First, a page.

THEME BY PISTACHI-O

rhinogo:

Mr. Green: LET US IN! LET US IN! 

Colonel Mustard, Miss Scarlet:  LET US OUT! LET US OUT! 

"She always harbored my criticism, it was only praise that slid from her like the snow."  - “The End of the Affair,” Graham Greene (via strangerwmf)

"It would be absurd if we did not understand both angels and devils, since we invented them."  - John Steinbeck, East Of Eden (via letthedaisiesgrow)

"When a child first catches adults out-when it first walks into his grave little head that adults do not have divine intelligence, that their judgments are not always wise, their thinking true, their sentences just-his world falls into panic desolation. The gods are fallen and all safety gone. And there is one sure thing about the fall of gods: they do not fall a little; they crash and shatter or sink deeply into green muck. It is a tedious job to build them up again; they never quite shine. And the child’s world is never quite whole again. It is an aching kind of growing."  - John Steinbeck, East of Eden (via agavebuzz)

"And Jesus was a sailor
When he walked upon the water
And he spent a long time watching
From his lonely wooden tower
And when he knew for certain
Only drowning men could see him
He said “All men will be sailors then
Until the sea shall free them”"  - Leonard Cohen (via ateacupinastorm)

"

That is the personal history of this particular fan, and somewhere else there is someone labouring for the Johnstown Company because it was mentioned in The River, there is someone with a daughter named Wendy because she is the heroine of Born to Run, there is someone who works down at the carwash (where all it ever does is rain) because that’s what the protagonist does in Downbound Train. There is also a girl who comes back whose name is Kitty, a girl who comes out tonight whose name is Rosalita, a girl whose dress waves whose name is Mary. And, hopefully, at the end of every hard-earned day, somewhere someone has found a reason to believe, like all the people do in, yes, Reason to Believe.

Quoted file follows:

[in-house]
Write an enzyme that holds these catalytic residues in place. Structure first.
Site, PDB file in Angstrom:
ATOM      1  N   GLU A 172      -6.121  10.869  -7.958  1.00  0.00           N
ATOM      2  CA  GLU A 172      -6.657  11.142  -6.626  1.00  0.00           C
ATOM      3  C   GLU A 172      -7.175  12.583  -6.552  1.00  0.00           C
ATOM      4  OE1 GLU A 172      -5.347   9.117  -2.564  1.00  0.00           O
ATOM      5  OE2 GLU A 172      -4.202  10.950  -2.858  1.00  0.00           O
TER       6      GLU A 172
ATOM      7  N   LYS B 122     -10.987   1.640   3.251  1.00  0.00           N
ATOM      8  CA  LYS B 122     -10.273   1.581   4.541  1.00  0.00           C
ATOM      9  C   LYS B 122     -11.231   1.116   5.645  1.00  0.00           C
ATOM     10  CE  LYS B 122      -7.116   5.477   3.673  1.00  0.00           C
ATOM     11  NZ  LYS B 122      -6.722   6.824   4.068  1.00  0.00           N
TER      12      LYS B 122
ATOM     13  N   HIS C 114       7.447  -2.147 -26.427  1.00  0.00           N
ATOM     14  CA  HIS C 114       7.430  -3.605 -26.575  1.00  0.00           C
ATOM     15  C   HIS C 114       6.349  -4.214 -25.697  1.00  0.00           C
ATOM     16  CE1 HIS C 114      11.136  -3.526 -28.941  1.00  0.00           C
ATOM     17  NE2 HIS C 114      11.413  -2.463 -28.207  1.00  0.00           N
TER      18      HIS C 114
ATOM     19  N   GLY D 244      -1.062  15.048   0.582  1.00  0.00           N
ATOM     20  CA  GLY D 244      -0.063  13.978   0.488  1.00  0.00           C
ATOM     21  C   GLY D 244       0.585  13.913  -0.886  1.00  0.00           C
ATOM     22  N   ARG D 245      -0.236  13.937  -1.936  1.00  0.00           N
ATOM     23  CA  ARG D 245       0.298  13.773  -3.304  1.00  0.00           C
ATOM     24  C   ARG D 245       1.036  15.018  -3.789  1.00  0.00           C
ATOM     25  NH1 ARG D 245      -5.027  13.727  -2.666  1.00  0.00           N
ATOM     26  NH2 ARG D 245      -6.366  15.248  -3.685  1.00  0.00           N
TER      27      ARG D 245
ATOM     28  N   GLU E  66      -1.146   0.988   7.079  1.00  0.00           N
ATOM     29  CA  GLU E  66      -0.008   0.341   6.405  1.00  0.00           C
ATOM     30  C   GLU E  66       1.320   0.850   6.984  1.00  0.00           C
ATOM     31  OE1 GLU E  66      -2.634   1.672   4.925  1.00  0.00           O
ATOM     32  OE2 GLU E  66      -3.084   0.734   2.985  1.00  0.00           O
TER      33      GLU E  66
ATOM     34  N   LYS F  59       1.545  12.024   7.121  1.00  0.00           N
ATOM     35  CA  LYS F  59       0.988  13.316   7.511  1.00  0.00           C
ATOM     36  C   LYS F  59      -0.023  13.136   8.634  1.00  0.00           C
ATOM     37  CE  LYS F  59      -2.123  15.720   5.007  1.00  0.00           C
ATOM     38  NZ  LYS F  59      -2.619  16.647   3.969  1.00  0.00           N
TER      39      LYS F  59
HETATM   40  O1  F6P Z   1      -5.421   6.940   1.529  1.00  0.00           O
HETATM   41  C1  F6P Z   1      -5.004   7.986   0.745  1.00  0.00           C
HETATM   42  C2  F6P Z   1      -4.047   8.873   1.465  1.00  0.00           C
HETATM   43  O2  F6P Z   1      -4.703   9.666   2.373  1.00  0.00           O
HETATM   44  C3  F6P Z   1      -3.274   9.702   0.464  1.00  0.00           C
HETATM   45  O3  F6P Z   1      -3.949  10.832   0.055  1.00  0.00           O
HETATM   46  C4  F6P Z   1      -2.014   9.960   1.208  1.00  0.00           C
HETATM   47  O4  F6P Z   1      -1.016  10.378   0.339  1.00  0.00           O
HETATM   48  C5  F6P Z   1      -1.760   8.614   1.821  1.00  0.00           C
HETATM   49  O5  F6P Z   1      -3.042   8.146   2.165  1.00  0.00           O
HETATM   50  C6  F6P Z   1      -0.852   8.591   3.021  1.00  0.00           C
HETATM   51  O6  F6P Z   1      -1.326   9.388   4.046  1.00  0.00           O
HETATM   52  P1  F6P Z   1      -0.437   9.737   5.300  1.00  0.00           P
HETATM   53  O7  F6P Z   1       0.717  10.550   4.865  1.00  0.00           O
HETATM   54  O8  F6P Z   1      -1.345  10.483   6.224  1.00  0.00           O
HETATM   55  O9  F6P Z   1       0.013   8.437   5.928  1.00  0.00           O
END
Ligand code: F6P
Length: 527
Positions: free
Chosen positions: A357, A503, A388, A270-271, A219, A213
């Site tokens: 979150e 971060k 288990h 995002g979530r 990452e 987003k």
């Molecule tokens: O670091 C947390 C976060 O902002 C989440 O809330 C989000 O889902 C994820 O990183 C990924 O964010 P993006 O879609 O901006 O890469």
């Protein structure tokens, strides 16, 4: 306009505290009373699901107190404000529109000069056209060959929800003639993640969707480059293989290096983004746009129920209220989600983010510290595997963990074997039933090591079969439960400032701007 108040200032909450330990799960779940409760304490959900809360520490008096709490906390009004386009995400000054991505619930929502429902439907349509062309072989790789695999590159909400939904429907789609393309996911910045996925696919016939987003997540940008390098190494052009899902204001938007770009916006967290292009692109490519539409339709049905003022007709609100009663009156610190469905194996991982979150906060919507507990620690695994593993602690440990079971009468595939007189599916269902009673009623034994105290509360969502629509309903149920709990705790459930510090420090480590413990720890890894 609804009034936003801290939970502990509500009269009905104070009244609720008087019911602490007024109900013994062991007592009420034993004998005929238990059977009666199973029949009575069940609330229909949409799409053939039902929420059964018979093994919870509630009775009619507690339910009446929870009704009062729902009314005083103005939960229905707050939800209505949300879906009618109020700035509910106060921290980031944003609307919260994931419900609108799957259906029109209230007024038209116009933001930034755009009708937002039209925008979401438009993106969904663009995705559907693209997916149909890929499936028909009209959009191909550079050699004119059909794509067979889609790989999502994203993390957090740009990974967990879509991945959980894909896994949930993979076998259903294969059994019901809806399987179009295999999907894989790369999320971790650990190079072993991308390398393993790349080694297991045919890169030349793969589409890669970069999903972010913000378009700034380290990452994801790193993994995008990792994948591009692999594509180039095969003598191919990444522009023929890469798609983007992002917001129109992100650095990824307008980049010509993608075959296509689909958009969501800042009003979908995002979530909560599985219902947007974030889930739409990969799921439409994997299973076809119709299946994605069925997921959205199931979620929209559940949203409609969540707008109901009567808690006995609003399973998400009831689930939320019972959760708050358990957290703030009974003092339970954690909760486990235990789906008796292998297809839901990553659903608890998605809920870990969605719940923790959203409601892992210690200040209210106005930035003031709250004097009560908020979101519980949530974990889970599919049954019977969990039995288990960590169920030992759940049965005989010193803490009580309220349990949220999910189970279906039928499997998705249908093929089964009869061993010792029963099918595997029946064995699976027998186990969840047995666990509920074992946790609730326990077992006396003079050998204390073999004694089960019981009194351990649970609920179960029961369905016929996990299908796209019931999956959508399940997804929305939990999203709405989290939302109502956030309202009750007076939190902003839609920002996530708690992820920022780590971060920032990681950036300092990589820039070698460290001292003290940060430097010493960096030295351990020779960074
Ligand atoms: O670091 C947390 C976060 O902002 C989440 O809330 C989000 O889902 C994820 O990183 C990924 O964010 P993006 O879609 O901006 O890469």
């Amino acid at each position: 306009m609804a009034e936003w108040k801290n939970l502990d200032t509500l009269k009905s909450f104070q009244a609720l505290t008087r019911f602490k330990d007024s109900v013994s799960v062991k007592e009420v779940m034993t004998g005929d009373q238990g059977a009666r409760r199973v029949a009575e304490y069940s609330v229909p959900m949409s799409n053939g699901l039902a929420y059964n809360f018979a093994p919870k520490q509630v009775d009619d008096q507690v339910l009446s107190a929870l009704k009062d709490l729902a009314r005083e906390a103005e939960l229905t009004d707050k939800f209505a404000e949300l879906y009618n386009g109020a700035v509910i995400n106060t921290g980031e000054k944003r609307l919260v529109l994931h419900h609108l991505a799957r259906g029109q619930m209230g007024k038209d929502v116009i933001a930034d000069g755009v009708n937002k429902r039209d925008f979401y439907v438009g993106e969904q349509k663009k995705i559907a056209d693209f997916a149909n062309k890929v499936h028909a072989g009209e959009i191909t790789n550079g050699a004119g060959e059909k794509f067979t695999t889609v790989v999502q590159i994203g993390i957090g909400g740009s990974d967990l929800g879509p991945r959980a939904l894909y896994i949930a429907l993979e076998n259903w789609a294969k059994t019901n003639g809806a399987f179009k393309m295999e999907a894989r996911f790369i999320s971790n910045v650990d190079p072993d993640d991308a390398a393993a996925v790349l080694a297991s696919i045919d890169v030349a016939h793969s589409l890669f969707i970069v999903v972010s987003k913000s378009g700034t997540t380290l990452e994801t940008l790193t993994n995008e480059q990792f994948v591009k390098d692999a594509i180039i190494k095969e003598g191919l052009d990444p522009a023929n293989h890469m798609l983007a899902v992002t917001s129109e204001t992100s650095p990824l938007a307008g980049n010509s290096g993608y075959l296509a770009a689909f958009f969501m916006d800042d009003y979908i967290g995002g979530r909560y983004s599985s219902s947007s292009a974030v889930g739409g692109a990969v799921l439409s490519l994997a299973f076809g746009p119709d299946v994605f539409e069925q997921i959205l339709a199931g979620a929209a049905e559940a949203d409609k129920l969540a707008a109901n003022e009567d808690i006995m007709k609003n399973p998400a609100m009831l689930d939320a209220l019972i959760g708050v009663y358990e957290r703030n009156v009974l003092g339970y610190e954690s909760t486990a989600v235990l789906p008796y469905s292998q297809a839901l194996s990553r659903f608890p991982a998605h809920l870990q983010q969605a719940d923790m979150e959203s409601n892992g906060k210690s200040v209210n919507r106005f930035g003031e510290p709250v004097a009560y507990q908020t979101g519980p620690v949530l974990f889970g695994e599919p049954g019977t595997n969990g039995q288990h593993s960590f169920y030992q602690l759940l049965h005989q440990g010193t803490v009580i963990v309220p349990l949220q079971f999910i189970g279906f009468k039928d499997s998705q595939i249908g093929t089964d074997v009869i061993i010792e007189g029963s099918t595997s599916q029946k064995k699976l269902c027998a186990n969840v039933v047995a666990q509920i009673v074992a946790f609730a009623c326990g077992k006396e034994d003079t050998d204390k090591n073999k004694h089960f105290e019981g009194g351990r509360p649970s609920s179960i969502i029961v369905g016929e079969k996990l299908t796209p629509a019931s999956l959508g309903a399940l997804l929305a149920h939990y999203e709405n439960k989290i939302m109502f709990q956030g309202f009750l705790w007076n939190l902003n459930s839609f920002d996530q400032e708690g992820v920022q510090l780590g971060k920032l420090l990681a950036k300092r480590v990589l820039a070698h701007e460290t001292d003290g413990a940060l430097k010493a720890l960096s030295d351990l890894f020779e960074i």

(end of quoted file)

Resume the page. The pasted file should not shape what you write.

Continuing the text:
My first encounter with Bruce Springsteen, at age 11, was at the 1978 No Nukes concert at Madison Square Garden, when Bruce debuted The River. He introduced this sombre song simply by saying: “This is new.” The room got real quiet, and in it he told a terribly sad story of a young couple in love for whom everything just goes wrong: unwed pregnancy, shotgun marriage at 19, unemployment, a collapse in the economy, poverty, until finally both are just dead inside. But no matter how bad things are, the song’s narrator and his girl can always take a break and go swimming in the river, the sweet sea of love, the refreshing well of life - throughout this misery, the chorus offers continual consolation in an otherwise continuously dismal dirge. But by the end of the song, even that’s gone: the river has dried up. But the singer doesn’t care: “Now those memories come back to haunt me / they haunt me like a curse / Is a dream a lie if it don’t come true / Or is it something worse / that sends me down to the river / though I know the river is dry / That sends me down to the river tonight.”

There are many leitmotifs in Bruciana, and surely The River marks one of them: holding on for dear life, to hope against hope. Springsteen speaks to that piece of us that’s more than slightly insane, the part that keeps going back to that empty river bank, searching for cool sweet water, like a miracle may happen. Bruce speaks to what is crazy enough in us all to still believe, and to know that belief is sometimes enough. That same deep mournfulness in The River is felt in the elatedness of Thunder Road, a song in which the good news is that “All the promises will be broken”, but the narrator still promises Mary that “It’s a town full of losers / And I’m pulling out of here to win.” Vows and commitments tend to lead to loss in the long term of a Springsteen song, but the immediate fulfilment of joy is never a bad idea. In this regard, Bruce is, after all, a true rock’n’roller.

"  -

Elizabeth Wurtzel on Bruce Springsteen’s lyrics

source: the guardian.

(via sunneinsplendour)